Alcohol

Fear ye God, O people of the earth, and think not that the wine We have mentioned in Our Tablet is the wine which men drink, and which causeth their intelligence to pass away, their human nature to be perverted, their light to be changed, and their purity to be soiled.

Bahá’u’lláh, The Compilation of Compilations vol II, p. 245

Make thy home in taverns, but tread not the path of the mischief-maker.

Bahá’u’lláh, The Compilation of Compilations vol II, p. 337

According to the text of the Book of Aqdas, both light and strong drinks are prohibited. The reason for this prohibition is that alcohol leadeth the mind astray and causeth the weakening of the body. If alcohol were beneficial, it would have been brought into the world by the Divine creation and not by the effort of man. Whatever is beneficial for man existeth in creation. Now it hath been proved and is established medically and scientifically that liquor is harmful.

"As to the meaning of that which is written in the Tablets: 'I have chosen for thee whatsoever is in the heaven and the earth', this signifieth those things which are in accordance with the Divine purpose and not the things which are harmful. For instance, one of the existing things is poison. Can we say that poison must be used as it hath been created by God? Nevertheless, intoxicating liquor, if prescribed by a physician for the patient and if its use is absolutely necessary, then it is permissible.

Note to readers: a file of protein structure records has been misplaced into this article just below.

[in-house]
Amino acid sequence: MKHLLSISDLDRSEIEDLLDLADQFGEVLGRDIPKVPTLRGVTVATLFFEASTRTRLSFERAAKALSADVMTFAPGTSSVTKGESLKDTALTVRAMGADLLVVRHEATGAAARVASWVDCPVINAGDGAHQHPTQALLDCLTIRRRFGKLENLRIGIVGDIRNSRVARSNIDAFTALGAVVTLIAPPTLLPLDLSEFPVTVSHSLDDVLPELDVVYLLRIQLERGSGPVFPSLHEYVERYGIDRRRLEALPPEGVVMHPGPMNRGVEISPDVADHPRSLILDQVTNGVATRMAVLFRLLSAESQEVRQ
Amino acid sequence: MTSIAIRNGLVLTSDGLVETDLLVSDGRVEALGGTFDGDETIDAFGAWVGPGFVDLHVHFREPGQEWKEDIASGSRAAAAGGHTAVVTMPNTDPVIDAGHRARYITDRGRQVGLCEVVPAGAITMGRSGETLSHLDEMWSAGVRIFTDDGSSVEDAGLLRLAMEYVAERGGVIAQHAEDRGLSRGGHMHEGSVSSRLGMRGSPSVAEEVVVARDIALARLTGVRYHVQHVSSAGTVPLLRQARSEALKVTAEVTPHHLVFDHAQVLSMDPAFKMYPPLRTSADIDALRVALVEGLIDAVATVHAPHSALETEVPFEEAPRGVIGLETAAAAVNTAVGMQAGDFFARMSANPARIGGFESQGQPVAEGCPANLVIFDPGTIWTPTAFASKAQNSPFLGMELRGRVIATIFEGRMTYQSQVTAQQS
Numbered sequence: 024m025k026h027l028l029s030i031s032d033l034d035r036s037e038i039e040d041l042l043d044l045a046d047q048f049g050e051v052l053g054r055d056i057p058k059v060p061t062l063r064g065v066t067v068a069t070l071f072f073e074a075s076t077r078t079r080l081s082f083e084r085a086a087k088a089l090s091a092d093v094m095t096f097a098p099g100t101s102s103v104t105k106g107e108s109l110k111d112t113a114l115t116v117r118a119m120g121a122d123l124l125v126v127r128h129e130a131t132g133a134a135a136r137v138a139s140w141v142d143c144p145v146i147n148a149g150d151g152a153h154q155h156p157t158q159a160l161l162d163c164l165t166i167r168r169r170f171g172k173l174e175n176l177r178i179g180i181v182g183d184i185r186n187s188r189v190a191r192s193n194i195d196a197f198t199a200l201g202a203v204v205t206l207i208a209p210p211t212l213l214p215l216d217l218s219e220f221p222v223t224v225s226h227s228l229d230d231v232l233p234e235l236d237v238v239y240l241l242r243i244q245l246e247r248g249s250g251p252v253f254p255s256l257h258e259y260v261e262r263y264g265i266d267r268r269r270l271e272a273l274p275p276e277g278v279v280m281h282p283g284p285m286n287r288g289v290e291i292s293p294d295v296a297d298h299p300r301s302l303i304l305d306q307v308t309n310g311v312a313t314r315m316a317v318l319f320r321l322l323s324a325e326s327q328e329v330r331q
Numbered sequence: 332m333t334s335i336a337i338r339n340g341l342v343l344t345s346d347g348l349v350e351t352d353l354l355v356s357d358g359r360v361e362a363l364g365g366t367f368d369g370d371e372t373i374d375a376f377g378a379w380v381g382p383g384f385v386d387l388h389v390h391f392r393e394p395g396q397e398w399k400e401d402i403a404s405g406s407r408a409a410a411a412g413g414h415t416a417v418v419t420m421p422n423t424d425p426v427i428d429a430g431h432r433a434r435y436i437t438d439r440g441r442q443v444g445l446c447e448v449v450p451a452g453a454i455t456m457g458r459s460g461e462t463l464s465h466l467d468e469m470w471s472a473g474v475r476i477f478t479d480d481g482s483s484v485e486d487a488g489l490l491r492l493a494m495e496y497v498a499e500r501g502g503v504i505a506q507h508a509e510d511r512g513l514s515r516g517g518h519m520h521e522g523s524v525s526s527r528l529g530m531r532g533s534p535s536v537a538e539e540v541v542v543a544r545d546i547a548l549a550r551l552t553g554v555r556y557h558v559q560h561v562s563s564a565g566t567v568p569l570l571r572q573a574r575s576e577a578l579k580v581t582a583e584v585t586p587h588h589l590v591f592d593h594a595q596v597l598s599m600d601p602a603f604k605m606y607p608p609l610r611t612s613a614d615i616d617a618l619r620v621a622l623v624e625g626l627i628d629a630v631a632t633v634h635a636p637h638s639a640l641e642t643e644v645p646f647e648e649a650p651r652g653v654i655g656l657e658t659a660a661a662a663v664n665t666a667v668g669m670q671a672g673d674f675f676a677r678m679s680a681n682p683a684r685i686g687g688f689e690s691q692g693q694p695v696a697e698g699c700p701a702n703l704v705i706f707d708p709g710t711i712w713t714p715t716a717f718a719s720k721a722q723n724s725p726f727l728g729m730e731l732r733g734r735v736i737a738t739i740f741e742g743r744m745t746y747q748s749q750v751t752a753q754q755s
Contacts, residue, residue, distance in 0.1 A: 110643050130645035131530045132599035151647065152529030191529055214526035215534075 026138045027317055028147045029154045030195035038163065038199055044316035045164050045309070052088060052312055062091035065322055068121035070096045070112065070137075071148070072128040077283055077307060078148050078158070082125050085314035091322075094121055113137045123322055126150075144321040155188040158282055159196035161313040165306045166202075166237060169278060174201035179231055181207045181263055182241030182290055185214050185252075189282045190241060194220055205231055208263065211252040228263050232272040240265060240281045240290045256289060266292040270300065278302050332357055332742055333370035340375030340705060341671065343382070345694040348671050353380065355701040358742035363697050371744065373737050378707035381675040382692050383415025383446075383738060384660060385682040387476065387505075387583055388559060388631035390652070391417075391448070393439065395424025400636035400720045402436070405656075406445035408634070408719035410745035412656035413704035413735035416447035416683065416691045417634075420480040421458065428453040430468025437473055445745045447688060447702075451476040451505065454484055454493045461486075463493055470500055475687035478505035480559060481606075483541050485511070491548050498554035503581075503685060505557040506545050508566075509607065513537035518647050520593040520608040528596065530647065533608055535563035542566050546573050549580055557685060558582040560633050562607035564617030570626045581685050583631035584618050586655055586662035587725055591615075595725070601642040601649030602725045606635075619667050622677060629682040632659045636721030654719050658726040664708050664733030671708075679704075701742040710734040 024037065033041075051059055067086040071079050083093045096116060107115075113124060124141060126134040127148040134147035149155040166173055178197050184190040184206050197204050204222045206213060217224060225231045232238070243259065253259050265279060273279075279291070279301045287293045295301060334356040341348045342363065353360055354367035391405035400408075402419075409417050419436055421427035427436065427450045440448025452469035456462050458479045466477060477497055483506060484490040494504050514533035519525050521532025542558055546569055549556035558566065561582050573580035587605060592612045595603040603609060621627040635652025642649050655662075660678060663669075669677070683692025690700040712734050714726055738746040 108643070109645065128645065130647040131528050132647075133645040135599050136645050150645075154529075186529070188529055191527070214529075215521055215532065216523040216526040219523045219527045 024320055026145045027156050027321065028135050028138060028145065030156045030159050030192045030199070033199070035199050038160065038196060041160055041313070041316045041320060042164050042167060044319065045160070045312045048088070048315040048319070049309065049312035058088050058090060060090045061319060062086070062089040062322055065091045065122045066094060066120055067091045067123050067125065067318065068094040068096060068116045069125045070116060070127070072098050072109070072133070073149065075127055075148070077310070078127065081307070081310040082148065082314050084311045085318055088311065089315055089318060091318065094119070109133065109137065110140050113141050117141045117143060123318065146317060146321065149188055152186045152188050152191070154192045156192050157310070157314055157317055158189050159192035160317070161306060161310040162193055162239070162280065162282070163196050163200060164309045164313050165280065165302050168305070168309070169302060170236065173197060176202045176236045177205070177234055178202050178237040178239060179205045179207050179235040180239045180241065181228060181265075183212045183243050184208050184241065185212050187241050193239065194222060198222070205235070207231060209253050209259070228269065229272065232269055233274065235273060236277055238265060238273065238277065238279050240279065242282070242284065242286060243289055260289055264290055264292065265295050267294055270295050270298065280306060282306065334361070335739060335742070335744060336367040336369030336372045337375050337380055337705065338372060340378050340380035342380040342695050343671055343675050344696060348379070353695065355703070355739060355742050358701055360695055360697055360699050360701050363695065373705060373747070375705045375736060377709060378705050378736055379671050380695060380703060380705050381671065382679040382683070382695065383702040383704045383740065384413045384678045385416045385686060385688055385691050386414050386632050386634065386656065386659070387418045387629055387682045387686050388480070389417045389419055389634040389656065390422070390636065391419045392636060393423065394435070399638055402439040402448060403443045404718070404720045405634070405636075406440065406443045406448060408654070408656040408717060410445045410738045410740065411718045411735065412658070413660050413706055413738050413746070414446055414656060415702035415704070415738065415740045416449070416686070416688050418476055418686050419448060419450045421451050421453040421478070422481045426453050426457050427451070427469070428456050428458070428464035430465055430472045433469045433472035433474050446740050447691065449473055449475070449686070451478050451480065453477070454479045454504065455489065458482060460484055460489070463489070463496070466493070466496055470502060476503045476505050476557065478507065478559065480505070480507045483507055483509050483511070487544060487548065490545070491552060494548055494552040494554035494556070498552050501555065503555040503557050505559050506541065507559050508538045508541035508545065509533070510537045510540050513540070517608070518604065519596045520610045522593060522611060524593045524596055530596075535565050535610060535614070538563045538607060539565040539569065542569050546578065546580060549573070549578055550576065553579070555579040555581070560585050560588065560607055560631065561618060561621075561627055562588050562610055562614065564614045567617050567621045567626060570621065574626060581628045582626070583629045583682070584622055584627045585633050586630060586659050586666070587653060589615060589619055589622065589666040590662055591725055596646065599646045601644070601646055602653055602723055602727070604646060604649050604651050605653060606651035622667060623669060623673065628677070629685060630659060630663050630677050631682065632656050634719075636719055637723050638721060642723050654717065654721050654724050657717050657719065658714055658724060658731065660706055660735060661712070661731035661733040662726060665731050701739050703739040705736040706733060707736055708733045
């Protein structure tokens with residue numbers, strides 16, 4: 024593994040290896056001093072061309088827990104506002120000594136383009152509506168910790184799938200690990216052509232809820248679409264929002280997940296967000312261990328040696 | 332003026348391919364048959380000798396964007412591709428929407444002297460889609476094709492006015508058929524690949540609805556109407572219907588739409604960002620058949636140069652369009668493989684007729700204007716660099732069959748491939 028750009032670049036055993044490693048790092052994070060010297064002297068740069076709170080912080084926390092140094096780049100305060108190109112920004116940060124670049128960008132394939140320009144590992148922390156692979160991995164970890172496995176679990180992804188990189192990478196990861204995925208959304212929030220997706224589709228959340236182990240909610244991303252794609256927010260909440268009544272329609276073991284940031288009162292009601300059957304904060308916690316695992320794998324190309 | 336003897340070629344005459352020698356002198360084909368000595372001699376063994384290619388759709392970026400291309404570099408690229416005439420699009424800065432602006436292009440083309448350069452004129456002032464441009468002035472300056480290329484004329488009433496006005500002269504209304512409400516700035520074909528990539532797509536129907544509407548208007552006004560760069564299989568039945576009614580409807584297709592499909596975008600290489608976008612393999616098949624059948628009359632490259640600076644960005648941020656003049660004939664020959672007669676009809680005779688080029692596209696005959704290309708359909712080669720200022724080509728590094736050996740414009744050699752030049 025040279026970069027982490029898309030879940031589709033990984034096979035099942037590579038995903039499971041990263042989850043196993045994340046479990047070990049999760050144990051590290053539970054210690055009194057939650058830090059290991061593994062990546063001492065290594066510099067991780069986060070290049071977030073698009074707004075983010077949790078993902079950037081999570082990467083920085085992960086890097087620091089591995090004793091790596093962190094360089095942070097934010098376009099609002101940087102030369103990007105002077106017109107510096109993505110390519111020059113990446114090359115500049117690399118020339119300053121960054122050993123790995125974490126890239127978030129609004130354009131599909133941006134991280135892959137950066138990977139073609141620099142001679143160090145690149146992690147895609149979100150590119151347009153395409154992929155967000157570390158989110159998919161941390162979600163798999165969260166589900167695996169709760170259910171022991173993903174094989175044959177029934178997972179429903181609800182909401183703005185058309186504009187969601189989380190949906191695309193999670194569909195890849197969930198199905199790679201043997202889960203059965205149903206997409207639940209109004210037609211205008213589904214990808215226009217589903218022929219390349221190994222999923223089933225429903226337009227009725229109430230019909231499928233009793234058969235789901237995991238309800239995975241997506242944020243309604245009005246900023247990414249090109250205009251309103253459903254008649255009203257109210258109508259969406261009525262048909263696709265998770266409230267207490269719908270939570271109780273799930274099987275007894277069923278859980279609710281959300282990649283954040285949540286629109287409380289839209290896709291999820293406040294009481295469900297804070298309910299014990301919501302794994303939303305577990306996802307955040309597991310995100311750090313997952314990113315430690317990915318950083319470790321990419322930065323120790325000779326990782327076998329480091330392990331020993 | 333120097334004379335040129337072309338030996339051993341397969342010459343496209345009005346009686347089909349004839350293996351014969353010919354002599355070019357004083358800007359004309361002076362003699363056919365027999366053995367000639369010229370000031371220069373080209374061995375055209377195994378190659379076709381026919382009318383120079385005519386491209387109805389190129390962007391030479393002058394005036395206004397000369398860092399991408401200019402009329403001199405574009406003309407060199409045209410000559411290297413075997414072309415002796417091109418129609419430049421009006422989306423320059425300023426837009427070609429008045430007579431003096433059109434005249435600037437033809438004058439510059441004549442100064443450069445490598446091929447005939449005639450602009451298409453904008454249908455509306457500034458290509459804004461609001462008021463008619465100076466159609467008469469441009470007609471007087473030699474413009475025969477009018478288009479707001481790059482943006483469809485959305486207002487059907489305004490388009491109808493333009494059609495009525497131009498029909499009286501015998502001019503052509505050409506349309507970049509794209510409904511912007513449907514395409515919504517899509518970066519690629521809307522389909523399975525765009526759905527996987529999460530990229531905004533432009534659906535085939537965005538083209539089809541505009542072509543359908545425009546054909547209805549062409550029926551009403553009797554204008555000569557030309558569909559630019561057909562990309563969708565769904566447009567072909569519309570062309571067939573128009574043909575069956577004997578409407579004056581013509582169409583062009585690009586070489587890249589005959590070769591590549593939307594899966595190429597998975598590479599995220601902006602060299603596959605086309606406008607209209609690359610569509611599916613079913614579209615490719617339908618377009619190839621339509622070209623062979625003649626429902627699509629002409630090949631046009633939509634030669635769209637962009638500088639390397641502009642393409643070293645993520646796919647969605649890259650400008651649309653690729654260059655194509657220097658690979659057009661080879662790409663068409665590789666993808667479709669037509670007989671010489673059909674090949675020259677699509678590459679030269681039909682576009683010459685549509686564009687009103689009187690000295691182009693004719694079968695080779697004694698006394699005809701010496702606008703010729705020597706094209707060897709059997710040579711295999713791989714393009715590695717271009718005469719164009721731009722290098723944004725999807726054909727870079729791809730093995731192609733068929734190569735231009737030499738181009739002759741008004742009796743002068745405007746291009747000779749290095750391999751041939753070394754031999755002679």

"In brief, I hope that thou mayest become inebriated with the wine of the love of God, find eternal bliss and receive inexhaustible joy and happiness.

‘Abdu’l-Bahá, Lights of Guidance, p. 349

All wine hath depression as an after effect, except the wine of the Love of God.

‘Abdu’l-Bahá, Lights of Guidance, p. 349

As a safeguard against intemperance he does not drink wine or spirits. Bahá’u’lláh has said it is not good for a sane man to take that which will destroy his health and sense.

‘Abdu’l-Bahá, ‘Abdu’l-Bahá in London, p. 56

O ye, God's loved ones! Experience hath shown how greatly the renouncing of . . . intoxicating drink . . . conduceth to health and vigour, to the expansion and keenness of the mind and to bodily strength. There is today a people [possibly ‘Abdu’l-Bahá was referring to the Sikhs; the description appears to apply to them] who strictly avoid tobacco, intoxicating liquor and opium. This people is far and away superior to the others, for strength and physical courage, for health, beauty and comeliness. A single one of their men can stand up to ten men of another tribe. This hath proved true of the entire people: that is, member for member, each individual of this community is in every respect superior to the individuals of other communities.

‘Abdu’l-Bahá, Selections from the Writings of ‘Abdu’l-Bahá, p. 150